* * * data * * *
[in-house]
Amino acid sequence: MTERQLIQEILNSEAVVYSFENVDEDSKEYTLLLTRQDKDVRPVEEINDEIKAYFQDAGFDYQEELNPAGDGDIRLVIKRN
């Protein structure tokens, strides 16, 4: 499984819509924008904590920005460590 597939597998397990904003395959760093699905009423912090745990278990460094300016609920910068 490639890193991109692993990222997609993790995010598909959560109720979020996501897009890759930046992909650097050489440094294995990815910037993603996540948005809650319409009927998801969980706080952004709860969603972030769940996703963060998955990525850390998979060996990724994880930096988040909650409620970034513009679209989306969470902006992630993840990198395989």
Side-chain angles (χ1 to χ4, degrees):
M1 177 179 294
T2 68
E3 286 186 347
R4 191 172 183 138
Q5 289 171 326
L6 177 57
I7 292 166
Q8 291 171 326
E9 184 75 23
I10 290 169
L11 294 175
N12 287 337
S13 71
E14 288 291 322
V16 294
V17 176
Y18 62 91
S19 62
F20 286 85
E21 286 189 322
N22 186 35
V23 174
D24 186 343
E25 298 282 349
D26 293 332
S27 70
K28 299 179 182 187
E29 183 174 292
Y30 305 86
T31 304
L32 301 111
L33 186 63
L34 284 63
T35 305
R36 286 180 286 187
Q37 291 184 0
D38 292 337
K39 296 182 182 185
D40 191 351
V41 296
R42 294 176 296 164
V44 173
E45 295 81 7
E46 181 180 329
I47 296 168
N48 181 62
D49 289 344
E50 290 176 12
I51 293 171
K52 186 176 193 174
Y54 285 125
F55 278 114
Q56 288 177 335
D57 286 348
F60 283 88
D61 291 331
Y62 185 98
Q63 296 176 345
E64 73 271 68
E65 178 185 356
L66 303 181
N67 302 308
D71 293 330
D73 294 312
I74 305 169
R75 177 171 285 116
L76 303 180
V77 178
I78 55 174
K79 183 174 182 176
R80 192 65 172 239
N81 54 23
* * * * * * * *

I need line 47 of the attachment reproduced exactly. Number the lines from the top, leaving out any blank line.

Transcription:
E45 295 81 7